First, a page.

Insurance privatization vote delayed again

Plan to privatize state employees’ health care dies

During a meeting disrupted by numerous, noisy exchanges Thursday, the Jindal administration abruptly yanked a contract that would affect thousands of current and retired state workers.

Commissioner of Administration Kristy Nichols, the governor’s chief budget adviser, made the decision to remove a contract involving state employee health plans from legislators’ consideration after it became clear she lacked the necessary support.

Getting to that point took several hours that culminated in a confusing series of motions during a meeting of the Louisiana House Appropriations and state Senate Finance committees. Some House members fought to vote on the contract in a bid to defeat it. Senate members battled to defer the matter. Finally, Nichols asked to remove the contract from the committees’ agenda.

At issue is the Jindal administration’s proposal to hire Blue Cross and Blue Shield of Louisiana to handle multiple health plans at the Office of Group Benefits.

The Office of Group Benefits provides health and life insurance to about a quarter-million current and retired state employees and their dependents.

Blue Cross already handles the office’s HMO, or Health Maintenance Organization, which covers 164,000 lives. State employees at the Office of Group Benefits manage the PPO, or Preferred Provider Organization, which covers 62,000 lives.

The Jindal administration wants Blue Cross to handle both plans, arguing the move would save $20 million a year.

However the proposal is meeting resistance from PPO members who said they are happy with the Office of Group Benefits’ handling of their health insurance.

Tom Barton, whose wife is a retired state worker, told legislators that he has been covered by both the Office of Group Benefits and Blue Cross throughout the years.

He praised the Office of Group Benefits then turned his thumb downward to give his review of Blue Cross.

Retired attorney Vicki Picou, who once worked for the state, said she worries the contract is a prelude to higher administrative costs and fewer benefits for people like her.

“My husband and I live on a modest income, and we quite possibly are going to be priced out,” Picou told the panels.

A number of legislators scolded the Jindal administration for what they characterized as a failure to communicate with current and retired state workers about the proposed transition.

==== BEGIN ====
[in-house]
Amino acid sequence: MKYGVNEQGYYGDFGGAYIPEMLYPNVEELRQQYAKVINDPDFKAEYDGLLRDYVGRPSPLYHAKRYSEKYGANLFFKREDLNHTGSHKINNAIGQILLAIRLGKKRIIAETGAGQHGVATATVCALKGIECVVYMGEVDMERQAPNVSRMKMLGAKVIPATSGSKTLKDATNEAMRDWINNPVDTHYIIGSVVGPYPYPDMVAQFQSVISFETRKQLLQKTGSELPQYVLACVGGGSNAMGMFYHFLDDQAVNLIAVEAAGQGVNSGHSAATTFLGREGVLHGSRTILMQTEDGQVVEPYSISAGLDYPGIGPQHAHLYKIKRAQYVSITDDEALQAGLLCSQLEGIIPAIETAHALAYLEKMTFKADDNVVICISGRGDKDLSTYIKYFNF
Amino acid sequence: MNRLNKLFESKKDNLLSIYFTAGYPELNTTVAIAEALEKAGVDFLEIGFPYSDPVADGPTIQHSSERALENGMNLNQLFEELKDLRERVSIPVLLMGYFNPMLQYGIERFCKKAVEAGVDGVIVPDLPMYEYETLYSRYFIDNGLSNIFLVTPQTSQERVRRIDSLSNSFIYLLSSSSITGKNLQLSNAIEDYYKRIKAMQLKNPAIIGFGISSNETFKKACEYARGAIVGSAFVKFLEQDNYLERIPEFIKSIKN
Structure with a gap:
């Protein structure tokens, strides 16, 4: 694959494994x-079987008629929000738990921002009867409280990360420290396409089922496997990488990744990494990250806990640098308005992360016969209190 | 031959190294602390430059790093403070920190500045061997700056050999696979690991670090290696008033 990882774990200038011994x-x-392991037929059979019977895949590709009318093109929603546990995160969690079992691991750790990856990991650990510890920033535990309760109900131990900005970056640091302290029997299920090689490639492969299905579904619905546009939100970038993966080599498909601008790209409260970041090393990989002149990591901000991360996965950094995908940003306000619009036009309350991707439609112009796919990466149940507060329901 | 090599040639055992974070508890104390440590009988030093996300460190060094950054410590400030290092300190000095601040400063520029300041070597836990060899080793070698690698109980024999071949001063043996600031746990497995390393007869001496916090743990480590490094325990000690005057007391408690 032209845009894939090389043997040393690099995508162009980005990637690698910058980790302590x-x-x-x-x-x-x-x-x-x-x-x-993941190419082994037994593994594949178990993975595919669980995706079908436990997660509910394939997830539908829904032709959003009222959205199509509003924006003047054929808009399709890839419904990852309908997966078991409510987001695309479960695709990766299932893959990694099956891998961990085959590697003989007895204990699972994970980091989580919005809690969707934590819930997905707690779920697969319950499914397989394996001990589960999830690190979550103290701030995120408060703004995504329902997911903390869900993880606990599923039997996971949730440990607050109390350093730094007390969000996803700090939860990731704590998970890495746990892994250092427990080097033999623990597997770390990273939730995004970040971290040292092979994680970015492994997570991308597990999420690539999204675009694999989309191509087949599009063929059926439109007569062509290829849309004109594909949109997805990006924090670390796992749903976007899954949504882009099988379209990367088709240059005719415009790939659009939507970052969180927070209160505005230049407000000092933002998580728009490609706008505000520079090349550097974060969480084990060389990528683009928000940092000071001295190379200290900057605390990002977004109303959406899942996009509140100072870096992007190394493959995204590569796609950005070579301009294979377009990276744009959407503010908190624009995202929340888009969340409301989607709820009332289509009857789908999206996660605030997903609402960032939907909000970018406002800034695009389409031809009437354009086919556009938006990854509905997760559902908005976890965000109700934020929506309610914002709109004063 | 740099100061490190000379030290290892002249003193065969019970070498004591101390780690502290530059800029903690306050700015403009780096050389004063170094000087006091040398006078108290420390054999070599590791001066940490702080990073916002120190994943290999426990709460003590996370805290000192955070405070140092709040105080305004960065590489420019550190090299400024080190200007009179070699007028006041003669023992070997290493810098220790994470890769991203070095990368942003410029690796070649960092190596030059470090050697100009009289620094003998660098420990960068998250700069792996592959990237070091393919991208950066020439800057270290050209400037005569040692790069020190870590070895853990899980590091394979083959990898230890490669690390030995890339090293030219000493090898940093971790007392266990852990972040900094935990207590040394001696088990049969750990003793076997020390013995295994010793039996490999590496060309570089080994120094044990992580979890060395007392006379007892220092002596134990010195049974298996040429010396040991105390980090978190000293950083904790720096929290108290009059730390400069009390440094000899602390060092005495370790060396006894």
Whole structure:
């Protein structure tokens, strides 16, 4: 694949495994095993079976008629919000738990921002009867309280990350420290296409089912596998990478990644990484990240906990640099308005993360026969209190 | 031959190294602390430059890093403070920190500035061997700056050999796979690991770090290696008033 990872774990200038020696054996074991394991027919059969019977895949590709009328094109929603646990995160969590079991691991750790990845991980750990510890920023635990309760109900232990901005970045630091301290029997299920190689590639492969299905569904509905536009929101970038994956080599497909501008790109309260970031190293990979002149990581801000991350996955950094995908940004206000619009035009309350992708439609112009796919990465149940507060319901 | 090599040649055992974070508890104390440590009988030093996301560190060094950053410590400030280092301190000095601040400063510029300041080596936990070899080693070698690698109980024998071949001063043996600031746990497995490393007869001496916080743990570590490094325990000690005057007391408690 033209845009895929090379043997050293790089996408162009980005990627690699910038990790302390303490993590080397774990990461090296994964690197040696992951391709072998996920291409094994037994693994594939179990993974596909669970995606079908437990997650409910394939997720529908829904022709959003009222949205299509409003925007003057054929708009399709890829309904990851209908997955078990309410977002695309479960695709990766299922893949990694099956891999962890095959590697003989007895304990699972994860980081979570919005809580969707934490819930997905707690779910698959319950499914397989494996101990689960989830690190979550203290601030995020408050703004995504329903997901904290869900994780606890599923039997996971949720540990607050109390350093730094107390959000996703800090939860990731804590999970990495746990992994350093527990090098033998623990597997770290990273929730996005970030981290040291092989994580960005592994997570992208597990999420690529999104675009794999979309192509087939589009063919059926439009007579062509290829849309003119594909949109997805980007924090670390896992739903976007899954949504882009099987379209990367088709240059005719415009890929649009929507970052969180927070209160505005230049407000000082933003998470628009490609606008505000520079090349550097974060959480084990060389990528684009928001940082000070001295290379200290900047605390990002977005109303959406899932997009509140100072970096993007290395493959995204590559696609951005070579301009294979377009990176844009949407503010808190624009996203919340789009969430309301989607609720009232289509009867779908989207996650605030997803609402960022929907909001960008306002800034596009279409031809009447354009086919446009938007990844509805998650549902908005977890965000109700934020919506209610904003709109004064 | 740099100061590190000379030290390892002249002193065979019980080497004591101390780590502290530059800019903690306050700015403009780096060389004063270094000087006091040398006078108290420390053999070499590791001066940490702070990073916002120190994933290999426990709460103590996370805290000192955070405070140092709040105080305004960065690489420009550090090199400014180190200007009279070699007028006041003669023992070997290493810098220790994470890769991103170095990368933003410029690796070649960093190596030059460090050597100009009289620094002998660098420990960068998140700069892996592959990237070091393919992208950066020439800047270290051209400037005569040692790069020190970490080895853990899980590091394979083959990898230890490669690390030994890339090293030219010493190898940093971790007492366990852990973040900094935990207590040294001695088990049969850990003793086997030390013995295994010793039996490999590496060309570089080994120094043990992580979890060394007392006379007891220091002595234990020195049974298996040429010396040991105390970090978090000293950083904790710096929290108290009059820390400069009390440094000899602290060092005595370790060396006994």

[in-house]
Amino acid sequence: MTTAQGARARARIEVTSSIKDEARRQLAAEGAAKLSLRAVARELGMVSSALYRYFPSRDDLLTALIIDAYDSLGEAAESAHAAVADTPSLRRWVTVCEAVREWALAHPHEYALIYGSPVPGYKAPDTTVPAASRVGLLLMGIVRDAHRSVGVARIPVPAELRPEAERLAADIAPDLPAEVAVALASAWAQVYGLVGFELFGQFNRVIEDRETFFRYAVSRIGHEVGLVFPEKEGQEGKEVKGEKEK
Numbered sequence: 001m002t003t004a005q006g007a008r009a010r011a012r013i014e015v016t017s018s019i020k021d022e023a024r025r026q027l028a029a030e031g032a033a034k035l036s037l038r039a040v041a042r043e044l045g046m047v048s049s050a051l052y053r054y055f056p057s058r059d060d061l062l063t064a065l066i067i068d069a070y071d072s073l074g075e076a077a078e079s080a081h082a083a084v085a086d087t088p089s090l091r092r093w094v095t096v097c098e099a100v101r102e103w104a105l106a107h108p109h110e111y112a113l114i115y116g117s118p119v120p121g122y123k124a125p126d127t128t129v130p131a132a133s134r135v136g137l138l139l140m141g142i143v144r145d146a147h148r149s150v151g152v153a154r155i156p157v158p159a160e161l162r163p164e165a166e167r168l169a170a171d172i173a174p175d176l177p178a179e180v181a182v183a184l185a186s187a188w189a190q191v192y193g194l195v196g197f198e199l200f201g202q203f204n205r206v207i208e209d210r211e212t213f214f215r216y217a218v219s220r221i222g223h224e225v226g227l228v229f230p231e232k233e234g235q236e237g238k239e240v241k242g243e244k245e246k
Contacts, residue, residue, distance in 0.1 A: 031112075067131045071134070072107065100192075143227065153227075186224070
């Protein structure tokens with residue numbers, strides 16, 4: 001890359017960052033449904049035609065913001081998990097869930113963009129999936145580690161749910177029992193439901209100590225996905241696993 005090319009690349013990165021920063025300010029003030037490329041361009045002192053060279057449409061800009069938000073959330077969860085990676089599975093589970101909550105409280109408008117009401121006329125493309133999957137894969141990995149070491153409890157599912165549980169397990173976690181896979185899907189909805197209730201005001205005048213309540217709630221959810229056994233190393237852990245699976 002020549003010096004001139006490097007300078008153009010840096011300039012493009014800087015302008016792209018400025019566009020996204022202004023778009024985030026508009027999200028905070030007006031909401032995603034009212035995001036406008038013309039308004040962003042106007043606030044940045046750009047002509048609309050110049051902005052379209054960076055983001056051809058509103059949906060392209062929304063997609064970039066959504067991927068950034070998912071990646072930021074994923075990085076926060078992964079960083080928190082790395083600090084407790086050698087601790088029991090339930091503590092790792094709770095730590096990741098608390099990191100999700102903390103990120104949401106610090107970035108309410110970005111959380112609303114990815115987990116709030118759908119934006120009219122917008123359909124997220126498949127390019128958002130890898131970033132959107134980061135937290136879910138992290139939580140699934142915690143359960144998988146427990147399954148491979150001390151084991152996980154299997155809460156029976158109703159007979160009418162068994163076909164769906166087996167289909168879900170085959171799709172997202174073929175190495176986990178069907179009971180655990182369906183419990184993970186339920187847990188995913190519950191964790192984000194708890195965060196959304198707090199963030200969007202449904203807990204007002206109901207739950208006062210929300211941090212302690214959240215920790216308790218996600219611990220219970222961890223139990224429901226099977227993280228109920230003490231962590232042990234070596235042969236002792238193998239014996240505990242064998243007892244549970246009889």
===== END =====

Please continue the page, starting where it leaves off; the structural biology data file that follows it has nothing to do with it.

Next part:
State Sen. Dan Claitor, R-Baton Rouge, said many retirees are on fixed budgets and fear changes will force them to make a choice between paying for prescriptions and buying groceries.

“I’ve had 240 phone calls and emails on this matter. Zero (were) favorable,” Claitor said.

State Rep. James Armes, D-Leesville, said the Office of Group Benefits already seems to run efficiently.

“I’m a simple man from a simple parish, but I’ve got common sense and I can’t understand why we’re doing this,” he said.

Nichols told legislators that school boards will save money because many school system employees receive their health coverage through the state.

House Appropriations Committee Vice Chairman Cameron Henry, R-New Orleans, wondered aloud why school board members are not calling him to say the contract is a great idea.

Scott Richard, executive director of the Louisiana School Boards Association, said his organization has received scarce information from the Jindal administration on the purported savings.

He said he would like to see the calculations since members would welcome a cost savings.

“The elephant in the room has been the lack of trust,” Richard said.

After a number of people spoke in opposition to the Blue Cross contract, Senate President John Alario suggested delaying the vote on whether to hire the company as a health care plan administrator.

“Change is difficult,” Alario, R-Westwego, said, adding that more thought needed to be given to the issue.

State Rep. Katrina Jackson, D-Monroe, made a substitute motion to vote on the contract immediately. Her motion passed on a 16-7 vote, making it clear that the Jindal administration had a wide gap in the support needed.

Because two committees were meeting jointly, someone needed to make a motion identical to Jackson’s on the Senate side. No one did.

The Senate Finance Committee then approved Alario’s motion to defer the contract decision, swinging his suggestion back to the House Appropriations Committee for approval. At that point, Nichols yanked the contract.

Later in the day, Nichols downplayed her decision in a prepared statement.

“We asked to come back to the committee because there were questions about school board savings and some confusion about voting procedure. We feel confident about the support for the measure,” she said.